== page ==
Many people argue vehemently that "In the Beginning" should be watched as a de facto pilot episode, even before "The Gathering."  I argue that that is insanity.  Far too much is given away in this movie: you learn way too much about Delenn, Sinclair, Londo, and Sheridan.  Encountering the idea that Sinclair is a reincarnation of Valen this early is a sin; learning that Londo will become Emperor is nearly as bad; that it was Delenn who began the Minbari actions which truly began the war with Earth is, as well, as is learning that Sheridan will become the President of the Interstellar Alliance.  Frankly, I think one would have to be a madman to even contemplate arguing that this is the way to begin viewing Babylon 5.
The idea comes, I think, from an assumption: that the first season of Babylon 5 is so shabby that literally nobody would be able to sit down and watch it from beginning to end, and that therefore nobody would ever make it to the second, and better, season.  Well, maybe that notion carried some weight in 1998, when it was less easy to manage to see the entire series if you had not already.  Back then, I do think there seemed to be a stark enough difference in quality that it made some sense to try to hook people with "In the Beginning" and then hope they'd be so hungry for more that they'd endure the "Infection"s and "Born to the Purple"s and "TKO"s of that first season.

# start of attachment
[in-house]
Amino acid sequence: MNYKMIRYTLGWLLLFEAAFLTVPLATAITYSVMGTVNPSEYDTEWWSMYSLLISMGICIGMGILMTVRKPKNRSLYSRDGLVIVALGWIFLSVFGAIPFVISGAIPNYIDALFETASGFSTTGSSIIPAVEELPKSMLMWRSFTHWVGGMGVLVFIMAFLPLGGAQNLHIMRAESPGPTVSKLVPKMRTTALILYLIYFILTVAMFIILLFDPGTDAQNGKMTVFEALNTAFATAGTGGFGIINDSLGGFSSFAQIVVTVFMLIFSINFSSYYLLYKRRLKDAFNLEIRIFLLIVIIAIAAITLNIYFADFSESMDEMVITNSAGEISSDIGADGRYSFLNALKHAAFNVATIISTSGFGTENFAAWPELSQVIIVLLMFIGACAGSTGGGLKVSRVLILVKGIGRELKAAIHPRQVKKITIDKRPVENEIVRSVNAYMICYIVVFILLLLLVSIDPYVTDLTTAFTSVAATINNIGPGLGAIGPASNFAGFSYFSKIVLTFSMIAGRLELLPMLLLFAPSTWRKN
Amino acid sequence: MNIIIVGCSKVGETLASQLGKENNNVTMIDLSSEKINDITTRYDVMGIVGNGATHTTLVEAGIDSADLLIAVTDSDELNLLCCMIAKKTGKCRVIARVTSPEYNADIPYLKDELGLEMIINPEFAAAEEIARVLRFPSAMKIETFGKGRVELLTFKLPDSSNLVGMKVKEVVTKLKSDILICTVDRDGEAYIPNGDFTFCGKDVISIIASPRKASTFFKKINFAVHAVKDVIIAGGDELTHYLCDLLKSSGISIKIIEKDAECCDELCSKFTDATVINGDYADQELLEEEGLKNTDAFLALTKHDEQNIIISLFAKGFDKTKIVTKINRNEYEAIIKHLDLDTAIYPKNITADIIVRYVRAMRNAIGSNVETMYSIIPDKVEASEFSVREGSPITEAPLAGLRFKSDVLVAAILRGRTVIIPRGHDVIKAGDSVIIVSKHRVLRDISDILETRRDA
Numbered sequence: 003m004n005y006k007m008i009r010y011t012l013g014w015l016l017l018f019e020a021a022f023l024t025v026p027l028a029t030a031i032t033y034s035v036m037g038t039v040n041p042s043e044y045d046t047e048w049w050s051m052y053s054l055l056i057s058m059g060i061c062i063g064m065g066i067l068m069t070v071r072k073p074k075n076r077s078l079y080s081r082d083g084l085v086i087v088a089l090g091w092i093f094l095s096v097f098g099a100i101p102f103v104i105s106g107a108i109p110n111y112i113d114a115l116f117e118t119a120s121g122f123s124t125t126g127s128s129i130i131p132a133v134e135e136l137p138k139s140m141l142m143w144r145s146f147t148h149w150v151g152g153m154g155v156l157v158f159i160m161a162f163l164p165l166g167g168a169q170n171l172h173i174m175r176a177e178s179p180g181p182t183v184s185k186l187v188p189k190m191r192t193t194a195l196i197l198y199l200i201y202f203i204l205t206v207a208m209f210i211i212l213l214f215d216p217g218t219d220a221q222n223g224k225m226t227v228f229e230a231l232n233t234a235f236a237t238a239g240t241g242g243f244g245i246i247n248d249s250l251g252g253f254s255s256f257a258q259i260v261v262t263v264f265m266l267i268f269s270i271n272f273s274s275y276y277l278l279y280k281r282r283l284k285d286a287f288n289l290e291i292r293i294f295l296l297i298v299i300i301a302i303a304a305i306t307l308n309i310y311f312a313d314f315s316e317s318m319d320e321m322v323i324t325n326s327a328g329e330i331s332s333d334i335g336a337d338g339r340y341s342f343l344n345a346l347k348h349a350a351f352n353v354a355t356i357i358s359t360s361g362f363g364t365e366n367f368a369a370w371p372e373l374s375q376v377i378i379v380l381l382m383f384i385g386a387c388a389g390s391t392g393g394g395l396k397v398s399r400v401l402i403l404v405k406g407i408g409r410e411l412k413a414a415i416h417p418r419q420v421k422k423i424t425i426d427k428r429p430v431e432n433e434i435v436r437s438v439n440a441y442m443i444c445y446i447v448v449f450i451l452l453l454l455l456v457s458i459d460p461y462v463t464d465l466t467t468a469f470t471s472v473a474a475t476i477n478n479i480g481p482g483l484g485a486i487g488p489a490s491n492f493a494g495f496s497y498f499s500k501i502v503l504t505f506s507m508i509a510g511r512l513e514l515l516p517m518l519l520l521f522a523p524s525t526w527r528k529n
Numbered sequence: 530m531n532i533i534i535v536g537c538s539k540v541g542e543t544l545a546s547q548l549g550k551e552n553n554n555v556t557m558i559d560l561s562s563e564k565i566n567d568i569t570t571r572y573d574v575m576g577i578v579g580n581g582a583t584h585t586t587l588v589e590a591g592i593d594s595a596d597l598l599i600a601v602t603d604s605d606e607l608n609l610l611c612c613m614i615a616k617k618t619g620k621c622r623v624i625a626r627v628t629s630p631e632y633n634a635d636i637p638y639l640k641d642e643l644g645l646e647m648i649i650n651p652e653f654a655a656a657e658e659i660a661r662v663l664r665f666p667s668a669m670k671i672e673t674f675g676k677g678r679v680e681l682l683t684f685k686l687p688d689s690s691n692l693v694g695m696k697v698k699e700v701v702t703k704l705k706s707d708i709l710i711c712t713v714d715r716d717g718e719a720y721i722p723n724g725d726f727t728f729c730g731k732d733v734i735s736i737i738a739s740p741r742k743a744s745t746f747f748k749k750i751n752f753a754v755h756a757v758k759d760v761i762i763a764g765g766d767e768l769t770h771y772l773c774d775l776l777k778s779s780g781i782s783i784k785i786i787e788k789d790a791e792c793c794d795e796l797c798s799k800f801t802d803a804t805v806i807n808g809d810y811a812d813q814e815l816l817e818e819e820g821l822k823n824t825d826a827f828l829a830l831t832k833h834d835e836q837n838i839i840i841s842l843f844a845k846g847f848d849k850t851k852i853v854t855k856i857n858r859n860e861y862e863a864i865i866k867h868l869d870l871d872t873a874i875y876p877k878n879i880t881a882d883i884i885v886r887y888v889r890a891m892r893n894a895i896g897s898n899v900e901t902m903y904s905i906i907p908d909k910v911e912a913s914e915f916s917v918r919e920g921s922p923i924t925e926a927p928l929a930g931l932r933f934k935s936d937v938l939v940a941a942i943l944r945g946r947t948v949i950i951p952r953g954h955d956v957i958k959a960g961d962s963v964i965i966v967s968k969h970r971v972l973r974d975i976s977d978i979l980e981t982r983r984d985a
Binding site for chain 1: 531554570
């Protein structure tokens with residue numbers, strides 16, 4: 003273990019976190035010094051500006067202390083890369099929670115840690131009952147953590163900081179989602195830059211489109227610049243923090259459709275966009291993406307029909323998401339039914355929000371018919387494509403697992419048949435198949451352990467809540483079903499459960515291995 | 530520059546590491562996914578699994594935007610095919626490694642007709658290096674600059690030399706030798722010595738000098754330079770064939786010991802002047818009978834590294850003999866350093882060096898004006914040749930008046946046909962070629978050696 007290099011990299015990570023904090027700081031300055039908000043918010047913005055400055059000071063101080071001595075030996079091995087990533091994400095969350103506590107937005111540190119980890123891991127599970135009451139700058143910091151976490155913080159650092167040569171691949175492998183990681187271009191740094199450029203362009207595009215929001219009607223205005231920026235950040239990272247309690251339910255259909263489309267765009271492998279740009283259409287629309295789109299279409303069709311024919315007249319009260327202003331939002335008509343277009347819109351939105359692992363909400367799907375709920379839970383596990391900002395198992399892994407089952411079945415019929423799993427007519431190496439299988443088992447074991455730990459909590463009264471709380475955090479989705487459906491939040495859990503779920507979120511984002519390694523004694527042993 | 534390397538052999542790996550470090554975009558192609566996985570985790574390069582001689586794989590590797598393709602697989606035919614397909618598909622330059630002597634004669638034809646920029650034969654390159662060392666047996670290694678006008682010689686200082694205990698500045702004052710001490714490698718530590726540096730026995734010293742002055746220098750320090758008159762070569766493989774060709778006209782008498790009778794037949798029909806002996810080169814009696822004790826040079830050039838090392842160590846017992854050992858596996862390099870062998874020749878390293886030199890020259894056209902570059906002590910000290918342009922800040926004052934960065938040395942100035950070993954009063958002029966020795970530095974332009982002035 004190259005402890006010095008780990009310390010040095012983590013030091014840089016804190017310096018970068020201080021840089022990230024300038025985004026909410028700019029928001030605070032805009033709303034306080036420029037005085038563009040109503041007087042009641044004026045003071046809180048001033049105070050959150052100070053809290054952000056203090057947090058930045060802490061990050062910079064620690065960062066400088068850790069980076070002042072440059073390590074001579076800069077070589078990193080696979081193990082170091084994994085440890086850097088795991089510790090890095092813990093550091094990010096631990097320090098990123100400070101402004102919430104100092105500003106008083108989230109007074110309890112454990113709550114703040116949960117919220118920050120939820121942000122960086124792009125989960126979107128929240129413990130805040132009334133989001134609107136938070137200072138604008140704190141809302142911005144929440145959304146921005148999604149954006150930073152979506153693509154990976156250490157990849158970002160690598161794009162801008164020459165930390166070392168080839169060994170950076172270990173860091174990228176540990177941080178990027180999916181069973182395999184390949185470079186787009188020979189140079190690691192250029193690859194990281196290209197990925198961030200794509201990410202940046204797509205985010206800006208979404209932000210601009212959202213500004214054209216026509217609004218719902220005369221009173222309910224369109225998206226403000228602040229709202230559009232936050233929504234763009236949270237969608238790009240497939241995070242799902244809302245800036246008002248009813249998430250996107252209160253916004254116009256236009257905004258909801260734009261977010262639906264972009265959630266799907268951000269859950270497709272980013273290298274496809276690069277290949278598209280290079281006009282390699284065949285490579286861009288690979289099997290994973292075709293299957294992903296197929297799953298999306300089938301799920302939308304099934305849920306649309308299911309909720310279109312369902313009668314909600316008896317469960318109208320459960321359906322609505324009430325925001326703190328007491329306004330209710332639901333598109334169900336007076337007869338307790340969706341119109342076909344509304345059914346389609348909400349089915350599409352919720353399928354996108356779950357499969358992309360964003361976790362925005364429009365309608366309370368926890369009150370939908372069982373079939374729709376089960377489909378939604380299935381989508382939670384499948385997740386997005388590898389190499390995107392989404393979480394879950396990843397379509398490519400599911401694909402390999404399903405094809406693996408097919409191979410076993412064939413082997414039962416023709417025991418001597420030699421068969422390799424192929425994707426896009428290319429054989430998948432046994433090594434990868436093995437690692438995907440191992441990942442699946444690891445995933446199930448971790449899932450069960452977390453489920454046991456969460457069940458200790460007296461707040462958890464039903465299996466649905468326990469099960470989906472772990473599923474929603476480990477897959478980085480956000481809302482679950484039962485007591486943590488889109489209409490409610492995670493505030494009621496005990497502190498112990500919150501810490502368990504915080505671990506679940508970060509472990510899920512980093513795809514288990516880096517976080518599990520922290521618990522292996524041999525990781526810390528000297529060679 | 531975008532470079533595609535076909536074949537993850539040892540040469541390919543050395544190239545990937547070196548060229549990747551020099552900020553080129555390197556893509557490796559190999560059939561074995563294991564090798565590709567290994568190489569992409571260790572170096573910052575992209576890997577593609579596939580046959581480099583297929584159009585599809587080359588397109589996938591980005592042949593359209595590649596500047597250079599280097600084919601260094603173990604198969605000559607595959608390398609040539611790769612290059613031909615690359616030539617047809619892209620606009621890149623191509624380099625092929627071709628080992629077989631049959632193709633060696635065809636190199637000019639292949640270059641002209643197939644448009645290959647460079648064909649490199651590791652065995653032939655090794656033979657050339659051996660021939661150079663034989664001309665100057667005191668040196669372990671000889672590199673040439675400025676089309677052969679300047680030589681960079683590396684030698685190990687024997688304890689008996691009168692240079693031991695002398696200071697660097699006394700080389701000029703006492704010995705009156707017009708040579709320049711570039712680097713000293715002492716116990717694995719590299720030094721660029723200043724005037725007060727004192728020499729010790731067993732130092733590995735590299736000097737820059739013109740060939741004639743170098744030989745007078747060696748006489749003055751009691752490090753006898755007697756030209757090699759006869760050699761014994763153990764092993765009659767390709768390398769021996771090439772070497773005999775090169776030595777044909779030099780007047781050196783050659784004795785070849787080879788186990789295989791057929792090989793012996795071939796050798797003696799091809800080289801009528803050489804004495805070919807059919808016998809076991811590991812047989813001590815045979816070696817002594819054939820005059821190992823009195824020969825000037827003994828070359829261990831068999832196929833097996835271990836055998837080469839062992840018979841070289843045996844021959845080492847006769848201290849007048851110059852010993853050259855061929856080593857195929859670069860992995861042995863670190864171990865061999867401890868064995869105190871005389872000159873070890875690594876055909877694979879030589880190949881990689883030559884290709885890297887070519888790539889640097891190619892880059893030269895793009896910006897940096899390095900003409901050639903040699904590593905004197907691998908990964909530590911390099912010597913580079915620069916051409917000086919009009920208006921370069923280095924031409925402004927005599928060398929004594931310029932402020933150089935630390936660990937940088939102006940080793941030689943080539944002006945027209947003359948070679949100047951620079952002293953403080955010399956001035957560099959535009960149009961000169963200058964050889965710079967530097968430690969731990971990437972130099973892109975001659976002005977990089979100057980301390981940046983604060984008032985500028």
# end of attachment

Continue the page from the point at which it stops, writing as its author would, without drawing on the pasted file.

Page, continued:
Here's my argument: stripped of the mystery of what happened to Sinclair, and to some extent of the character arcs for both Delenn and Londo as well, the first season is almost entirely pointless.  And from where I'm standing, it can't be.  Too much else is set into motion, ranging from G'Kar's early villainy to the Homeguard to the death of President Santiago to Delenn's journey toward entering the chrysalis.  All of this must be experienced in the proper context, or I don't think it works at all.  And if it doesn't work at all, what's the point of watching any of this stuff?
Plus, I'm going to just be blunt about this: there isn't AS wide a quality gap in the first season and the fifth as people think.  "In the Beginning" is absolutely a more confident and compelling piece of work than, say, "The Parliament of Dreams," but I don't think "In the Beginning" is confident or compelling enough that it is going to play for the average viewer in 2021 as well as it played in 1998.  Better by far, if you ask me, to convince that hypothetical viewer to grit their teeth, pretend it's 1993, and take on "The Gathering."  If they can't get through it armed with an understanding that it does eventually get better, then I suspect they are not going to enjoy the series.  It's not for everyone; never was, and never will be.